Of Plymouth Plantation Analysis
Of Plymouth Plantation Analysis

Of Plymouth Plantation Analysis

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II. Of Plymouth Plantation: Summary and Commentary Bradford, William was one of the Pilgrim leaders and American colonial governor, born in Austerfield, Yorkshire, England. In 1606 he joined the Separatists, a dissident Protestant sect. Three years later, in search of freedom of worship, he went with them to Holland, where he became an apprentice to a silk manufacturer. Bradford sailed on the Mayflower in 1620, and after his arrival in America he helped found Plymouth Colony.

In April 1621 he succeeded Governor John Carver as chief executive of Plymouth Colony. Except for five years, Bradford served as governor almost continuously from 1621 through 1656, having been reelected 30 times. In 1621 he negotiated a treaty with Massasoit, the chief of the Wampanoag tribe. Under the treaty, which was vital to the maintenance and growth of the colony, Massasoit disavowed Native American claims to the Plymouth area and pledged peace with the colonists.

The first Thanksgiving Day celebration in New England was organized by Bradford in 1621. Bradford was a delegate on four occasions to the New England Confederation, of which he was twice elected president. His History of Plymouth Plantation, 1620-1647, was published in 1856, 200 years after his death. The book is an important source of information about the early settlers. Of Plymouth Plantation is an excellent foundation text for the study of colonial American literature.Bradford’s text seems to have created something that would provide the foundation both for a new country and a nascent New World identity.

Like the journal writers of the period, Bradford records details of early obstacles and colonial life; even more that other historians,

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however, Bradford develops in Of Plymouth Plantation a large sense of meaning and importance of colonial history. Creating an awareness of history while the colonists were yet engaged in the process of establishing their society gave colonial America a cultural foundation.In addition, he offers the colonists a written document (“The Mayflower Compact”) as a conerstone of government, and he associates their origins with sacred rebirth, typologically interprets events as signs of connection with a higher authority, and , in the later chapters of Book II, conveys a sense of prophecy that serves to link his own historical text with the colonists’ future. The earlier sections from Of Plymouth Plantation help us to visualize the combined practical and spiritual concerns of the earliest colonials. Bradford’s account reveals the necessity for self-reliance among the first Puritan settlers.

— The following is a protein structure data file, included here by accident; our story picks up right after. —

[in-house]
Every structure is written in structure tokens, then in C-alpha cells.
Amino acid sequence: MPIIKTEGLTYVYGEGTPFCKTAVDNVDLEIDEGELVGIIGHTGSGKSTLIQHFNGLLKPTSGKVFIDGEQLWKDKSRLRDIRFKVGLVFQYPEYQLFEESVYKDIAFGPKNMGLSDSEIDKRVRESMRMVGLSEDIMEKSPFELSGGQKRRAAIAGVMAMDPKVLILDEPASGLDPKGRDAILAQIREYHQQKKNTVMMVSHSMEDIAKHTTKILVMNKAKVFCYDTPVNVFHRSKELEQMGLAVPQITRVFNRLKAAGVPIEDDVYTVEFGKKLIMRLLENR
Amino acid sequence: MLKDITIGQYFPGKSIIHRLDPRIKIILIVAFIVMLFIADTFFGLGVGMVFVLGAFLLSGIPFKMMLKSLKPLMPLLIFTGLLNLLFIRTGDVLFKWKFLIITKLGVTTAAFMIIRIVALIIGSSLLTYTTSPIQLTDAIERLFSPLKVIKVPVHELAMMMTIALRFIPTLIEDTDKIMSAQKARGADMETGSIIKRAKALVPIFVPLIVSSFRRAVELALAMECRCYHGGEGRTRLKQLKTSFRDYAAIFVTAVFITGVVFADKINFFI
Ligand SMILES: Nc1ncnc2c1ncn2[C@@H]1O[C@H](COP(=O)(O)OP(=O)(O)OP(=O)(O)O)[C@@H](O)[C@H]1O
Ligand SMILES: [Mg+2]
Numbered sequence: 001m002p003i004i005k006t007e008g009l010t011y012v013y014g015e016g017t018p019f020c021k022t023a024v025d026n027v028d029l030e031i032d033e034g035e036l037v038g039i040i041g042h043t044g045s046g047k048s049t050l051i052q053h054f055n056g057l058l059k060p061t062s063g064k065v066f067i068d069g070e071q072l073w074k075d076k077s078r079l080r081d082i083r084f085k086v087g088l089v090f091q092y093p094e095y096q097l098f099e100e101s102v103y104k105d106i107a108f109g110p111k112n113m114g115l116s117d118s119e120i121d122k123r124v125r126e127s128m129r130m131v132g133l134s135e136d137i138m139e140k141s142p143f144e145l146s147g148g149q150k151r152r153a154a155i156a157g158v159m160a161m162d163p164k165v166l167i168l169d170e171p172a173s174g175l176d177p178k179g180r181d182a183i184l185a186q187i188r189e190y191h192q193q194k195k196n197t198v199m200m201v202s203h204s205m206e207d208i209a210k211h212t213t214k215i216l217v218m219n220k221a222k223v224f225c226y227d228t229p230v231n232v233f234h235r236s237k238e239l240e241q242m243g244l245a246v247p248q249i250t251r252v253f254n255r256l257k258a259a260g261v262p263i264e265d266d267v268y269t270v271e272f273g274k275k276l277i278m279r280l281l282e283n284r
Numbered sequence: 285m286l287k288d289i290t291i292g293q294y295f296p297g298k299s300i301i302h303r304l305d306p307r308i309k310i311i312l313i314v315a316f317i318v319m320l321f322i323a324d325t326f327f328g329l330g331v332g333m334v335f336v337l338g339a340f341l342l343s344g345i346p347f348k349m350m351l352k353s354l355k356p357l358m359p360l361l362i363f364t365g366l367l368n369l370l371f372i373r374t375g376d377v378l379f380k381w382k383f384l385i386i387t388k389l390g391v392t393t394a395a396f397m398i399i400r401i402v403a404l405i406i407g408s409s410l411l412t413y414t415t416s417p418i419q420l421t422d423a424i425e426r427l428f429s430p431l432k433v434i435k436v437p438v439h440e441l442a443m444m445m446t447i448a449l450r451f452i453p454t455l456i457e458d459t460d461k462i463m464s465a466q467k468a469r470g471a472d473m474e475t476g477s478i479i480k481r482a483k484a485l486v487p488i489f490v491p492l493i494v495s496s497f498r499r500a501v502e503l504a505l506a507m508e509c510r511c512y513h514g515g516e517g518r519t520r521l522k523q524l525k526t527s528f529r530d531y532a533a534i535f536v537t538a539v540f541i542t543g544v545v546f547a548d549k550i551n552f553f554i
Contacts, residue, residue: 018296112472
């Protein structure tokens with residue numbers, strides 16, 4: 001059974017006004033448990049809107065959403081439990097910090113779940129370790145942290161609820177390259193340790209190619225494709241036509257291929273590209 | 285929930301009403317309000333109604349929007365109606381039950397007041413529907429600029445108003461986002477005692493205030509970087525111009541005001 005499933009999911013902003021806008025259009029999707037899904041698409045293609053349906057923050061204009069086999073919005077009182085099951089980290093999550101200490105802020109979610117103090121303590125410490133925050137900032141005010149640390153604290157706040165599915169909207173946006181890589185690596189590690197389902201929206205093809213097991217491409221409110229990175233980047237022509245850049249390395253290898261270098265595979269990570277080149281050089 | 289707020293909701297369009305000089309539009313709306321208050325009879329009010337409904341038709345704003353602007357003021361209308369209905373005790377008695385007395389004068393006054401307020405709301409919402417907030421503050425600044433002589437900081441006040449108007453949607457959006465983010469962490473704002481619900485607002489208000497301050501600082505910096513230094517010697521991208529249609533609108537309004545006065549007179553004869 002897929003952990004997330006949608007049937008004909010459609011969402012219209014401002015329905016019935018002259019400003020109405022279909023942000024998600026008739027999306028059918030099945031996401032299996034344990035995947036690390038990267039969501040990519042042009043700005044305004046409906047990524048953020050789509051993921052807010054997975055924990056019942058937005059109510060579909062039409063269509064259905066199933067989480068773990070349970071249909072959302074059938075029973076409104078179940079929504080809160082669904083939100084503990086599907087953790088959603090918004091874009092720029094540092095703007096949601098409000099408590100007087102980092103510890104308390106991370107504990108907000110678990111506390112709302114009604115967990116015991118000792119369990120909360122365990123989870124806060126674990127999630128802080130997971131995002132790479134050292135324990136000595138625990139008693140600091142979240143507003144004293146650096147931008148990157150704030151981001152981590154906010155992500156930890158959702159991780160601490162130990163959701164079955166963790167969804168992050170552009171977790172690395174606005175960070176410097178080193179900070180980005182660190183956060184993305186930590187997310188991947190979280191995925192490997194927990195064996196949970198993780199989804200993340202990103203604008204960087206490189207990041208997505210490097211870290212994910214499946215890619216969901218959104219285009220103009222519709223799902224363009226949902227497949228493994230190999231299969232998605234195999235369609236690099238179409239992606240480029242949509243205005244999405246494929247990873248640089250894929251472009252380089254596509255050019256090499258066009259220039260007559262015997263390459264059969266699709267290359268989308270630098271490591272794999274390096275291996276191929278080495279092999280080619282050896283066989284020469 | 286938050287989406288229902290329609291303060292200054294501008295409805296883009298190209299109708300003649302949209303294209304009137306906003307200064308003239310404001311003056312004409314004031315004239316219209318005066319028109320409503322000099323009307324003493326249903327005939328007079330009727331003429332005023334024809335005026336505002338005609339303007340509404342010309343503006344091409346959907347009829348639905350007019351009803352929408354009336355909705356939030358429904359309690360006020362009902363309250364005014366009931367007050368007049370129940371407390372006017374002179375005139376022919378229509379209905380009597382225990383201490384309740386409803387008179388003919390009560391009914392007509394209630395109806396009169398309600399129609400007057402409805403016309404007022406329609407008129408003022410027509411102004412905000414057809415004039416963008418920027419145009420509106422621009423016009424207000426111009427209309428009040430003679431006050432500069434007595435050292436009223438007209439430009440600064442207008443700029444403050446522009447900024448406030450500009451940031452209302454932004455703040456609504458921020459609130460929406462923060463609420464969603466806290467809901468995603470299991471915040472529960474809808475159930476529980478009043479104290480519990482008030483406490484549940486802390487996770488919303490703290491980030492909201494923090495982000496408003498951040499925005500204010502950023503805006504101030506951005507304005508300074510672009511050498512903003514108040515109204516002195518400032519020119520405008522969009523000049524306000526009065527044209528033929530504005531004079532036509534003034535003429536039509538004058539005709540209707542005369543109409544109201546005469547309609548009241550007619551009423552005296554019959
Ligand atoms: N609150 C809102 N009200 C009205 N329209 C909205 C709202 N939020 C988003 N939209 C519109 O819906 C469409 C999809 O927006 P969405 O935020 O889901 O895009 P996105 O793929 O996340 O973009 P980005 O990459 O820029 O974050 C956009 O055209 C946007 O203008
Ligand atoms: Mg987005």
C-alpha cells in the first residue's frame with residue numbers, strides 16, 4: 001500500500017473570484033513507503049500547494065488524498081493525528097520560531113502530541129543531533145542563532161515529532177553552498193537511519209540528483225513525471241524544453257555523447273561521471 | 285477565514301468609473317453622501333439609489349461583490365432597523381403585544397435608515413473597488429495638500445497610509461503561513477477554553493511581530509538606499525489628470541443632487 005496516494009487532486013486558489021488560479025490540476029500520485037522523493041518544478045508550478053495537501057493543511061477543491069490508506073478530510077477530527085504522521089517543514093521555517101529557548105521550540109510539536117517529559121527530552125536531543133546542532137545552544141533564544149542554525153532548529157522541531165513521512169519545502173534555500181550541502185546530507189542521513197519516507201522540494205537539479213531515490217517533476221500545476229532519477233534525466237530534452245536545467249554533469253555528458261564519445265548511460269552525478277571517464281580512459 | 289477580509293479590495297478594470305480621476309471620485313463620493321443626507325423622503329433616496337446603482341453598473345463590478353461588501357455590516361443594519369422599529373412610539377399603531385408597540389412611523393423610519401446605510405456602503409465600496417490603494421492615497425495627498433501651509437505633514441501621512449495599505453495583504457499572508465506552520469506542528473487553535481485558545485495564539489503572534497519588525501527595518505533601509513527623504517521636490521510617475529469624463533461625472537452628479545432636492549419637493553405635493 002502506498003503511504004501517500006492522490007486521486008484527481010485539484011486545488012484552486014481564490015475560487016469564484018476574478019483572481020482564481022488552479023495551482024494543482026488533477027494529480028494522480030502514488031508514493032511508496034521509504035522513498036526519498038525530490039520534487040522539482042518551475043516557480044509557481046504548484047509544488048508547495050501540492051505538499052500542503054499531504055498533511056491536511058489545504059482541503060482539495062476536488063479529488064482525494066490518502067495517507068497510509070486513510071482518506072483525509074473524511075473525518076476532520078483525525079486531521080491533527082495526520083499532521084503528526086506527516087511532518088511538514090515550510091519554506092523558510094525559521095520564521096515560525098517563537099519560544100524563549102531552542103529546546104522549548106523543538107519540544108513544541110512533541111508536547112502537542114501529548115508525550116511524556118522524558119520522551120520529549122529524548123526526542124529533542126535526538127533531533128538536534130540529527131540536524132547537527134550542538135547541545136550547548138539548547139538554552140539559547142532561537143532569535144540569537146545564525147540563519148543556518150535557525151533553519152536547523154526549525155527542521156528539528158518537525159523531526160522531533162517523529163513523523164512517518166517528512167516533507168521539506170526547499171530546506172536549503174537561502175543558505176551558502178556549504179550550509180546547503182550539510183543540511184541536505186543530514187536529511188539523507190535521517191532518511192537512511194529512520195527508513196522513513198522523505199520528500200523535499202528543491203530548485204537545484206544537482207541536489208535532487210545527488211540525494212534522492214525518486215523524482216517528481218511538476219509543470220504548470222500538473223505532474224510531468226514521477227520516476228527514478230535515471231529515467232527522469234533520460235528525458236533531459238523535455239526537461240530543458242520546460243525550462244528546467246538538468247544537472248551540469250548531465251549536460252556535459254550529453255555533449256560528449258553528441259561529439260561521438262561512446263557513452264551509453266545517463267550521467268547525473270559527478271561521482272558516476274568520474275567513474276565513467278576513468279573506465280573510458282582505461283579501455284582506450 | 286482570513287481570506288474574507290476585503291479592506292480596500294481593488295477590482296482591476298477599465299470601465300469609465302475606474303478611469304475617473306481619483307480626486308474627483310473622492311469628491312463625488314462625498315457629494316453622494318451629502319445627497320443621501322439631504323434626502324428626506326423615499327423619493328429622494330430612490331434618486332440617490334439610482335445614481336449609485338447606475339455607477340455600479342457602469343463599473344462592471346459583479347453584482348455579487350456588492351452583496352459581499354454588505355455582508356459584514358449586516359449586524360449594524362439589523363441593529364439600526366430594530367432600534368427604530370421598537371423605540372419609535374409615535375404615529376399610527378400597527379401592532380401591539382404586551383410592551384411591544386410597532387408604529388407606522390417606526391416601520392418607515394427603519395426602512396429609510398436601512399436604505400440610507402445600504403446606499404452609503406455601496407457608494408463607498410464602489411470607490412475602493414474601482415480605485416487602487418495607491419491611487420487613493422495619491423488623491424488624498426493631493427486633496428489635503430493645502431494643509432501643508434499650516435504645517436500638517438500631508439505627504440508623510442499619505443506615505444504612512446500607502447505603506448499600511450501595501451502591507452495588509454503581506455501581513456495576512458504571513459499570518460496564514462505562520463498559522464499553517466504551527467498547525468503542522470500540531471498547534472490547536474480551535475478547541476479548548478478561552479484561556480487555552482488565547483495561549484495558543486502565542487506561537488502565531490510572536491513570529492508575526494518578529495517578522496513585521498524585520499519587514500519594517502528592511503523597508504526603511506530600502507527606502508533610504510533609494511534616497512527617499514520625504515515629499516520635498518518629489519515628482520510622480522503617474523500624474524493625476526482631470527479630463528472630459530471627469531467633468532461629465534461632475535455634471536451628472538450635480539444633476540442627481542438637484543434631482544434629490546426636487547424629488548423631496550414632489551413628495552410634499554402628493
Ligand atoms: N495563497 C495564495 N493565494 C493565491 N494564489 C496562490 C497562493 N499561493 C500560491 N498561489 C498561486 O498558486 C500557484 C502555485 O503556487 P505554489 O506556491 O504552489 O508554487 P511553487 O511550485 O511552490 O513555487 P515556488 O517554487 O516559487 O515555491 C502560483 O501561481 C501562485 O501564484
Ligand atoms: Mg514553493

We are surprised to discover how secular and pragmatic the Puritans had to be in the process of crating their spiritual New World. Among the excerpts from Of Plymouth Plantation, “The Mayflower Compact” (Book II, Chapter XI) deserves close analysis. Bradford writes that the document was “occasioned partly by the discontented and mutinous speeches that some of the strangers [non-Puritans aboard the Mayflower] amongst them had let fall from them in the ship. ” Putting their first agreement into written form was an act of major significance for the Puritans–who believed in the Bible’s literal truth and authority.Written words, from the beginning of American culture, carry the associative power of God’s word.

The writing of “The Mayflower Compact”

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has significance for the Puritans’ need for divine authority. From the point of landing in the New World, the Puritans were already setting into motion the necessity of inventing for themselves solutions to material concerns that the Bible does not address. In “The Mayflower Compact,” we see them trying to create other documents that would, like the Bible of their covenant theology, possess the power to compel respect and obedience.In later chapters of Book II, Bradford’s hopeful vision breaks down.

In his “endeavor to give some answer hereunto,” he ends by raising an unanswerable and prophetic question: “And thus, by one means or other, in 20 years’ time it is a question whether the greater part be not grown the worser? ” Do the selections from Book II in particular suggest a less-than-optimistic view of our colonial origins? Social problems existed from the beginning–corruption, dissent, falling away from the “ancient mother,” abandonment, lack of fidelity. From Marjorie Pryse

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